It's a Derby weekend.

And worlds will collide.

A bunch of people from my department are going, totally independent of me. I mean... they know my Derby plans and they know that I skate most nights but what they don't know is how real Derby is.

I'm totally going to avoid them, of course. Not really. These are my peers and they are taking children. I've got big drinking plans, so avoidance will be mutual. They don't want to be on the track anyway and I wouldn't be anywhere else.

The good thing is that because of my eternal flame for Coffee Man, I was planning to wear a dress and to not drink myself TOTALLY stupid. I mean.... if I see him and announce my not-empty threat to seduce him and steal him away to New Mexico and I don't put a little effort into my appearance, he might not be so game as he would be if I wore a dress. Also, he might not take me seriously if I am obvisouly intoxicated.
I mean, I think he might look at my undying love for him as being a little pathetic if I didn't brush my hair and wear 1 pound of eye make up instead of the usual 3 pounds.
I mean... not that he's going to have a choice here.
It's a kidnapping that I've got planned, you know?
It's not like running away together and eloping or something.

This is sad, sad, sad.
I am probably old enough to have baby-sat for him when he was a toddler and I was a tween. "Tween" didn't exist as a word when I was actually a tween, hanging out with Monica Dyson at the YMCA and thinking I was hot shit because in only two more years, I was going to be a lifeguard!
It's possible that while Coffee Man was learning to count, I could have been furiously writing in my journal about how much I loved Jim Cusack and how in two years, I was going to be a lifeguard and I would be cool, even though I would have to work for Jill. I wouldn't rule out poetry from me at that age and I wouldn't rule out me writing it furiously on a Saturday evening when my mom called down to my ultra-basement lair, which had decoration that included both a Jefferson Airplane poster (original from my dad) and my dollhouse that I still played with. Even though I never would have admitted that to my friends.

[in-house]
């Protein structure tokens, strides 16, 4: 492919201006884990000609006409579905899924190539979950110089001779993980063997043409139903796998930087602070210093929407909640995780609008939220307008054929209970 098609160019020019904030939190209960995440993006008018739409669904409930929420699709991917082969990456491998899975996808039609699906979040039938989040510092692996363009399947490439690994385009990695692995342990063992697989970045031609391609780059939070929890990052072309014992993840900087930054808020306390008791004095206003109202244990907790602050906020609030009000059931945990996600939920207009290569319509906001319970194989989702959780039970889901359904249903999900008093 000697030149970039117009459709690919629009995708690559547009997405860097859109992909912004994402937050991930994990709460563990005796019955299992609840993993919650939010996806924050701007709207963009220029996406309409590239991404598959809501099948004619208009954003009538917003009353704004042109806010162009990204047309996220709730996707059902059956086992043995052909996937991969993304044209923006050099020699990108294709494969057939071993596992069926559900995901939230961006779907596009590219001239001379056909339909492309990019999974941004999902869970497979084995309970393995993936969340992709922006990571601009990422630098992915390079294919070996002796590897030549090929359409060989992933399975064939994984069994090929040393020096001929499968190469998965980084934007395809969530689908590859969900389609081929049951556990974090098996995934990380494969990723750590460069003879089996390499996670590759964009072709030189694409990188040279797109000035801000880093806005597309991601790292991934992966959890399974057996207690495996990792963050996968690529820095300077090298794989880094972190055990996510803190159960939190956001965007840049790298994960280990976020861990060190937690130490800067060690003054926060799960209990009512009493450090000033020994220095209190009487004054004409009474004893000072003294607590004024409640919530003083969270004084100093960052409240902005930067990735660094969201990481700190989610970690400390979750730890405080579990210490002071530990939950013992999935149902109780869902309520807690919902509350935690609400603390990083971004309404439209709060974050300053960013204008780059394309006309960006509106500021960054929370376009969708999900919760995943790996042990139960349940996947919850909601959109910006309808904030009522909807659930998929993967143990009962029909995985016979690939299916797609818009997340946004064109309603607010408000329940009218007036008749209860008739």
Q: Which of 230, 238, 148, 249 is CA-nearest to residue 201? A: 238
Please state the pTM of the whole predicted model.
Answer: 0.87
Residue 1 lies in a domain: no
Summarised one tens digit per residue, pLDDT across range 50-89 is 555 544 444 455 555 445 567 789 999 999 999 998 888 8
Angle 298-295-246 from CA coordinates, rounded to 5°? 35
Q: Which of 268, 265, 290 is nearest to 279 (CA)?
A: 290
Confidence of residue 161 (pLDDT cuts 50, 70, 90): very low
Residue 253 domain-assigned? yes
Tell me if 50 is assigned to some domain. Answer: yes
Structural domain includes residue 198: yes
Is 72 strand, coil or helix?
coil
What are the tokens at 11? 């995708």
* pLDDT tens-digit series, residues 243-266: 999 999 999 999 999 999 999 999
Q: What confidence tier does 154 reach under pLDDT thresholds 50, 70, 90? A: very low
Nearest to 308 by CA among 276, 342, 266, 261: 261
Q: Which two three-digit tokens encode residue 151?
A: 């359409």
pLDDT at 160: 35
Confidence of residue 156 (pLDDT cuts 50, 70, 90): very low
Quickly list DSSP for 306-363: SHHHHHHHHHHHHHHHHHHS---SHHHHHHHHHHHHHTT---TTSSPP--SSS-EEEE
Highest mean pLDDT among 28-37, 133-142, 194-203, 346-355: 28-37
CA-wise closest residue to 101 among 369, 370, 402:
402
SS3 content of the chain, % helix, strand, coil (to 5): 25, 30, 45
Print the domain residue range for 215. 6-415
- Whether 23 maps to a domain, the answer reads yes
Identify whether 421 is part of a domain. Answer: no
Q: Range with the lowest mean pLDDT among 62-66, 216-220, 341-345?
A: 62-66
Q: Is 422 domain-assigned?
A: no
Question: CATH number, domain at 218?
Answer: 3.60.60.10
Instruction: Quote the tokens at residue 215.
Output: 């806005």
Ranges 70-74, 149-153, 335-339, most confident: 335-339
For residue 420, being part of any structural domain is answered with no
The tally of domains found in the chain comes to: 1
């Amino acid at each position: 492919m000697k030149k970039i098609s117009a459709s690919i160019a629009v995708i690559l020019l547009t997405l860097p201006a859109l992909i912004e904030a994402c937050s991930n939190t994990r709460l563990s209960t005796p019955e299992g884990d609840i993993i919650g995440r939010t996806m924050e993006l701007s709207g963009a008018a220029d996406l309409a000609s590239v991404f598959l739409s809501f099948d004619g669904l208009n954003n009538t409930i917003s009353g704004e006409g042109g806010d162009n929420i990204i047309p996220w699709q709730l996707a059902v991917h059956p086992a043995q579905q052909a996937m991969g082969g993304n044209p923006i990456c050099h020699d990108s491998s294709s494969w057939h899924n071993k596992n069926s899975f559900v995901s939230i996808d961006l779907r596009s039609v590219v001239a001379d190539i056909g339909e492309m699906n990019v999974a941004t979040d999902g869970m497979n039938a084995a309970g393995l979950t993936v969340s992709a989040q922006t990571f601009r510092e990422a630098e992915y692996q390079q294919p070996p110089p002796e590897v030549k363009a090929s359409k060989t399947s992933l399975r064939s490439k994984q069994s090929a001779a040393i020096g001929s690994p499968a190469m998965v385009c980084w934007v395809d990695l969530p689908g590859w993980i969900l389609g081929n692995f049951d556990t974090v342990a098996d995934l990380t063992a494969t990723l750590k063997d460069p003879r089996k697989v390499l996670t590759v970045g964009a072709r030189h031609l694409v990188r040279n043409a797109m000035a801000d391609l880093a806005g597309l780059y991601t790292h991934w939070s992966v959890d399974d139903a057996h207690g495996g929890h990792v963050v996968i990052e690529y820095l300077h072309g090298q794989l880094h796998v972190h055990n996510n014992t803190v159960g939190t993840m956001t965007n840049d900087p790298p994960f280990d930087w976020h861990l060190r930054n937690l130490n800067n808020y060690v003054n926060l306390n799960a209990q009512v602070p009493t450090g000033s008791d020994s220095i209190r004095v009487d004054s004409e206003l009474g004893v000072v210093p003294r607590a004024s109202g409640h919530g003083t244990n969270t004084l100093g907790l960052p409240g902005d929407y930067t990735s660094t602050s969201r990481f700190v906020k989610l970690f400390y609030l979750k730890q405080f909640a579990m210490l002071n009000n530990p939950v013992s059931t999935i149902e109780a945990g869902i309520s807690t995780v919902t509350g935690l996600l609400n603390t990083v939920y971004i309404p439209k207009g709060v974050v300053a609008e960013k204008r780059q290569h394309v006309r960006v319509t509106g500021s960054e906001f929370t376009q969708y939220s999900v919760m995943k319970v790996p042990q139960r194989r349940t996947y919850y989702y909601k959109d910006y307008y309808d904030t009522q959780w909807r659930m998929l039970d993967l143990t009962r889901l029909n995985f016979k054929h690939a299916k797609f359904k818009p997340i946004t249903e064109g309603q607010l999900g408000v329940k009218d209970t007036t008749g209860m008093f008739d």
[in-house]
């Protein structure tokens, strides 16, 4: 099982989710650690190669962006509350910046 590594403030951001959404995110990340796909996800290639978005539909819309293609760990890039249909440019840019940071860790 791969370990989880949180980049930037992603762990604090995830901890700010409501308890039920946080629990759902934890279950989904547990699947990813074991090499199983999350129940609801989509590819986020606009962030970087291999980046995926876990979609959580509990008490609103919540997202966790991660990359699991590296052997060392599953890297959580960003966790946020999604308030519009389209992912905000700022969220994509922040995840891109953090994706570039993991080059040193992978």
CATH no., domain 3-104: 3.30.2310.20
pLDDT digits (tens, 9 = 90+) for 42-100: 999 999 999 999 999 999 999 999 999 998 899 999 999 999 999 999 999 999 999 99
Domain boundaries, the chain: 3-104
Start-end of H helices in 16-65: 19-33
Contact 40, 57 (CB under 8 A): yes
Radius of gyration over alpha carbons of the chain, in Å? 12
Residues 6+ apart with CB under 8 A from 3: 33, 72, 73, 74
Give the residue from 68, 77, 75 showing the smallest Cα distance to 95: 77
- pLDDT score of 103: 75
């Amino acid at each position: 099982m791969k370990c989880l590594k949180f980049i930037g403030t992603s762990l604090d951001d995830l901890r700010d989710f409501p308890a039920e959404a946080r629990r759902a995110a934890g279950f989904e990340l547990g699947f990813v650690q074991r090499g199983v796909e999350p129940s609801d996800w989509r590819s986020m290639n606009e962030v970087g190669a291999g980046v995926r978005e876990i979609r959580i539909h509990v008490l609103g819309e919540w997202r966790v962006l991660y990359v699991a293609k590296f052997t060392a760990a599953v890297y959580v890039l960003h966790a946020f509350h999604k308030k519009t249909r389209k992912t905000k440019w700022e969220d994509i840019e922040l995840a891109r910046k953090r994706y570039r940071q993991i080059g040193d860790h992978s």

I was a late-bloomer, no doubt.
But not in the journal department.
And so I could totally have been writing about lifeguarding and Jim Cusack in my journal right before my mom was ready to drop me off at Coffee Man's parents' house for me to baby-sit him.
And I would totally have been hoping that he didn't take his first steps on my watch because I was never that great of a babysitter.
Hence the lifeguarding, which I, in fact, later rocked.

Although I have no idea of his actual age, this whole thing could have been perverted if we'd met in high school.
Well, while I was in high school, anyway.
Not that I know how old he is.
I just assume he's a Wunderkind of Coffee Power that will only be revealed to him on the most special night of his 24th birthday.

I have big plans for him and given that I am making him out to be a theatre major (because he's so pretty) with a knack for poetry (because he's shy) and a room that has an eclectic collection of posters (because he's brilliant), no bed frame (because he's poor), and only an over-head light (because he's a 'he'); none of those things can stop me from loving him.

Oh crushes. I imagined all kinds of things for Jim Cusack. Like he was going to come to my prom in six years, or that he shared a lively Irish family life with dogs and brogue and tea kettles. Little did I know that he was a major stoner and that I should have listened when Todd Herter told me to stay very far away from him. Jim developed a major substance abuse problem, got clean, got married, had a baby girl, and died of cancer. For the record, we were never actually together.
There was an indiscretion but a very innocent one. Not what you would think - you would have thought we were a thing.
We were just close but not in that way.

So It was the summer after my junior year and I stayed in Wisconsin. Jim was living outside of Chicago. I haven't spent a lot of time figuring out what happened but I've decided to not to pick that early closeness in my life apart to figure it out. He's dead now and to be honest, I was SO naive and SO happy to remain that way and there was just a lot I didn't know about. To this day, I don't want to think that I might know about it if it all happened now.

The long story short is that I went down to get him out of the bad spot where he was and brought him back up to my place. I was living in this summer housing called French House. During regular school, it was where all the kids who were Francophiles lived. It was a great big house with only about 8 bedrooms. It was really, really cool to live there. But shortly after I brought him out of Chicago, I realized that he couldn't stay. A few days after I told him that, I was blearily stumbling to the basement to get the laundry I'd left in the dryer over-night and I saw feet sticking out from behind the bar.